Teaching in a Multicultural Society Topic of Talk at KSC
KEENE, N.H. 10/26/04 - The number of students who are members of minority groups are on the rise, said Gloria Ladson-Billings, professor of education at the University of Wisconsin, yet few teachers are prepared to adequately address the needs of students from different cultural backgrounds. What can we do, Ladson-Billings asks, to better prepare the two million new teachers who are expected to enter classrooms over the next decade?
Ladson-Billings will be this semester’s Diverse Voices from the Field speaker at Keene State College. Her talk, which is free and open to the public, will be held on Monday, Nov. 8, at 7 p.m. in the Mabel Brown Room of the Student Center. The Diverse Voices lecture series is dedicated to bringing speakers who represent diversity in education to the college.
In her talk “Keeping the Dream: The Work of Teaching in a Democratic, Multicultural Society,” Ladson-Billings, one of the foremost researchers on teacher education in country, will draw from her experiences as a teacher and scholar to provide inspiration and practical hints to help teachers as they work to support excellence among all students.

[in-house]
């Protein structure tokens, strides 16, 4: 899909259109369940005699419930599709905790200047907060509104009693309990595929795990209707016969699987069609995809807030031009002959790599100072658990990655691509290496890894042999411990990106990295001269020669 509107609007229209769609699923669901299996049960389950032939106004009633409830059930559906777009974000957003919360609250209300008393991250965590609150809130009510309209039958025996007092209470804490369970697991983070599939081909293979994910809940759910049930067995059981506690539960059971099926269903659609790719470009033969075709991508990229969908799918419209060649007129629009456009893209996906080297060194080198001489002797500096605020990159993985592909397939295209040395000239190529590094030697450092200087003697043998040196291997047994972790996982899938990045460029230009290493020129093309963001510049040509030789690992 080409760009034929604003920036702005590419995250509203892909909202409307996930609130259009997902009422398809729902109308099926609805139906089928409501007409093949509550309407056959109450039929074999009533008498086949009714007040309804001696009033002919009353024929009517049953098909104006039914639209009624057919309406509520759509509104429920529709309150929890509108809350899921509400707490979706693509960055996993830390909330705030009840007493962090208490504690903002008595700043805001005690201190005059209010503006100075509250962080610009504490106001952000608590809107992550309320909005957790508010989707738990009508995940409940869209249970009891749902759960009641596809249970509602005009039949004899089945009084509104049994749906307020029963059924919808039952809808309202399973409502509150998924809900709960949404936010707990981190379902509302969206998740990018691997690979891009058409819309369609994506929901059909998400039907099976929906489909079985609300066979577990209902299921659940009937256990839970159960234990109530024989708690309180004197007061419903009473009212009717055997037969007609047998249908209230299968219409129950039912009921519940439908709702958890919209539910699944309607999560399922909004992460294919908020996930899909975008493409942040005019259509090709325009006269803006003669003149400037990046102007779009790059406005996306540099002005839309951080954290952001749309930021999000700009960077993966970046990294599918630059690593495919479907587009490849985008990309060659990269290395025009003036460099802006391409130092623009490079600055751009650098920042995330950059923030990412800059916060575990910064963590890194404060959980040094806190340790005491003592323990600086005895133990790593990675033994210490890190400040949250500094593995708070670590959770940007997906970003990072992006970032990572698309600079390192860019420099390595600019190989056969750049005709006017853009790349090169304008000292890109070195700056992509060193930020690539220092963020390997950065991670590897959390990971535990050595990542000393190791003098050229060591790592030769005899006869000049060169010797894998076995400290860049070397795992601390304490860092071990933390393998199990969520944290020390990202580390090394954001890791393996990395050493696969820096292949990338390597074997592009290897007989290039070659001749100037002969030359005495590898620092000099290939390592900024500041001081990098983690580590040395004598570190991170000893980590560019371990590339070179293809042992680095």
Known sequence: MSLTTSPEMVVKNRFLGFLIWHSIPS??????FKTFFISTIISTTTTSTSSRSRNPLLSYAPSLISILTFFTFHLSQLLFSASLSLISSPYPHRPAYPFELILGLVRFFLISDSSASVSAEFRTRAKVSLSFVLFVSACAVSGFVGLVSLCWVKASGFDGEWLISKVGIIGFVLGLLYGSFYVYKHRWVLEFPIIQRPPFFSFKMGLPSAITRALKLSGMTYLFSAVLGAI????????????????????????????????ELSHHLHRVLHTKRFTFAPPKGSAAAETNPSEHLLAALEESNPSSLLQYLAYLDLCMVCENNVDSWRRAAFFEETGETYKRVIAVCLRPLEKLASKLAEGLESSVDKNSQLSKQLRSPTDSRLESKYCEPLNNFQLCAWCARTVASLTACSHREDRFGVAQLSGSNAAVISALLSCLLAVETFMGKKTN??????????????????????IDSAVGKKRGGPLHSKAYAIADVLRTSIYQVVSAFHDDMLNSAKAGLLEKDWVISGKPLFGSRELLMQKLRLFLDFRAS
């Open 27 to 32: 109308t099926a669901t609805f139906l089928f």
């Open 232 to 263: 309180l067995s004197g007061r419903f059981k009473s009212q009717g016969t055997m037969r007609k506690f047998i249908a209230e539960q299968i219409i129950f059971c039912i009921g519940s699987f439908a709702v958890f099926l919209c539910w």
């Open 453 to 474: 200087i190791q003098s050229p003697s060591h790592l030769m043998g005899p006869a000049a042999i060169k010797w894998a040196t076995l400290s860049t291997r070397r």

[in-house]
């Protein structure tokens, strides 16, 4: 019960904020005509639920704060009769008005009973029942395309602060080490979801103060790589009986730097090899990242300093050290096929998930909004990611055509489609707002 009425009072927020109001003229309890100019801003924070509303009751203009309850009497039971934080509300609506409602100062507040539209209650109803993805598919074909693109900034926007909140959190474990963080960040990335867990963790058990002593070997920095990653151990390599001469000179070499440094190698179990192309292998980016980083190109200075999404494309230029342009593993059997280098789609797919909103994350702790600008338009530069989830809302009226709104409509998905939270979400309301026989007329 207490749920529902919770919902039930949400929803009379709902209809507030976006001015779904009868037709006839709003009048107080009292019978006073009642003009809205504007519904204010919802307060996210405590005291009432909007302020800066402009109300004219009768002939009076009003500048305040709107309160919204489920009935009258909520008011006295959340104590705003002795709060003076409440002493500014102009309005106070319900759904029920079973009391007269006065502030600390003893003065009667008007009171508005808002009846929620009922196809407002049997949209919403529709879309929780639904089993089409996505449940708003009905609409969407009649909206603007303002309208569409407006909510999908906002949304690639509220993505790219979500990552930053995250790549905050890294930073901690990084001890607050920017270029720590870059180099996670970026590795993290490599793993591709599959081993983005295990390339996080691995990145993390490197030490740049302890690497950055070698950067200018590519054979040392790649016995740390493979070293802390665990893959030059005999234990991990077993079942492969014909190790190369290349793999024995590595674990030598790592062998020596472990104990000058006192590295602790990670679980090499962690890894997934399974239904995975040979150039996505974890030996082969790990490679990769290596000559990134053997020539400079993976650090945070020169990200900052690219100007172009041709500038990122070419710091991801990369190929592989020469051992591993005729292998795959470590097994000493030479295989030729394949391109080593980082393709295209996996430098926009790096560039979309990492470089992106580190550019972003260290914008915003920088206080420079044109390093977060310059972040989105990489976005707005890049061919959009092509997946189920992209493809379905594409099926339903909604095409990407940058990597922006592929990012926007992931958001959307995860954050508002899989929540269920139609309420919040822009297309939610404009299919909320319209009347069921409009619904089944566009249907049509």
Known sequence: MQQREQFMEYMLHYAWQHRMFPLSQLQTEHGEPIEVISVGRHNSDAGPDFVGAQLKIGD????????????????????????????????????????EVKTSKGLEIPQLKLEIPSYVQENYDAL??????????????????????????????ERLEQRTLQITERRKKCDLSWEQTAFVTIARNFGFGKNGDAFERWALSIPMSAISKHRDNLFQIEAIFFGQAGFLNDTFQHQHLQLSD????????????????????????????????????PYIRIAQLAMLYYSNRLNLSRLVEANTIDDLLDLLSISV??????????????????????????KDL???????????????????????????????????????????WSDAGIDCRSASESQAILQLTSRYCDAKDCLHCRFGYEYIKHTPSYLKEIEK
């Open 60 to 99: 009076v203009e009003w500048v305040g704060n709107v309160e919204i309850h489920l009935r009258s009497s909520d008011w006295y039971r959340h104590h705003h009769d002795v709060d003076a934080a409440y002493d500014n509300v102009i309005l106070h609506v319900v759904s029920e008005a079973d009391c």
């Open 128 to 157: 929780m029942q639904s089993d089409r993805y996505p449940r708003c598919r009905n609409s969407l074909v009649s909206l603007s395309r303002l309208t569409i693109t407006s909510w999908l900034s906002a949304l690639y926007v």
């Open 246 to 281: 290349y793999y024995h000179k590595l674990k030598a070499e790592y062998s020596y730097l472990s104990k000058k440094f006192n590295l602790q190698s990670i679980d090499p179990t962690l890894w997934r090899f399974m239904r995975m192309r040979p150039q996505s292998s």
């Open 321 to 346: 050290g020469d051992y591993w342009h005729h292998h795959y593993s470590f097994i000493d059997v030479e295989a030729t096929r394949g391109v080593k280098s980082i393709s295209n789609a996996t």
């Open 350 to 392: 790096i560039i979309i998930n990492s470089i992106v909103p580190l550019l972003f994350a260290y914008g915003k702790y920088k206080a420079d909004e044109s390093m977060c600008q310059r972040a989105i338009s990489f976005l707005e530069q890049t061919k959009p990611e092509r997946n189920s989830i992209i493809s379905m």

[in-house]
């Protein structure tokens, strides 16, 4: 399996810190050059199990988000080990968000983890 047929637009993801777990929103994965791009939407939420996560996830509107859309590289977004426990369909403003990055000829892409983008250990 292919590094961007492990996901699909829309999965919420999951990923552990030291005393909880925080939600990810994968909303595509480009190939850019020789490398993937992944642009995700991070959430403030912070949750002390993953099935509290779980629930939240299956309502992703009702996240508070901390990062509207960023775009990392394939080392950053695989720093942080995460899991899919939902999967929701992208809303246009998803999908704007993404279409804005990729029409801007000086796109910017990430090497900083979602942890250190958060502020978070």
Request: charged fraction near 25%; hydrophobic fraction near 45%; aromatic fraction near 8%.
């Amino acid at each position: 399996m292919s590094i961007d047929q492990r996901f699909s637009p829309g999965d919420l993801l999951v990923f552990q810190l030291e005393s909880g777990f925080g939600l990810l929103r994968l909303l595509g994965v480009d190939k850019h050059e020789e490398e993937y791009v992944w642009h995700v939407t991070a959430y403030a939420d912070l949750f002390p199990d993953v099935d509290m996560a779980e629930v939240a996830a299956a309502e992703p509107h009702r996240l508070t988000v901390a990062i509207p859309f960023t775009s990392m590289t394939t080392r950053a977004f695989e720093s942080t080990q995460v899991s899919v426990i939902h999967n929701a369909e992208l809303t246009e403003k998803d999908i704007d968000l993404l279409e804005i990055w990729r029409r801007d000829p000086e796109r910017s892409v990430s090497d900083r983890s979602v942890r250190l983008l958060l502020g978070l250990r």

Throughout her career as an educator, which began in 1968 as a teacher in the Philadelphia Public Schools, Ladson-Billings has explored the relationship between culture and schooling, particularly successful teaching and learning for African-American students. In particular, she draws on the real-life experiences of teachers to illustrate how good teachers can meet the challenges of teaching students from diverse backgrounds.
In her book Dreamkeepers: Successful Teachers of African American Children, Ladson-Billings provides portraits of eight exemplary teachers with approaches to teaching that affirm and strengthen cultural identity, not just for African-American students but for all children. In Crossing over to Canaan: The Journey of New teachers in Diverse Classroom, which examines the challenges facing eight novice teachers, she offers a model of teaching that focuses on academic achievement, cultural competence, and socio-political consciousness.
Ladson-Billings has won numerous awards for her scholarship, including the 1989-90 National Academy of Education Spencer Post-Doctoral Fellowship, the Outstanding Multicultural Research Award (1995) from the National Association of Multicultural Education, and the Mary Ann Raywid Award (1997) for distinguished scholarship in education from the Society of Professors of Education. She has published more than 50 articles and book chapters on teacher education. She currently serves as president of the American Education Research Association.
For more information, contact Dottie Bauer, associate professor of education, at 603-358-2864.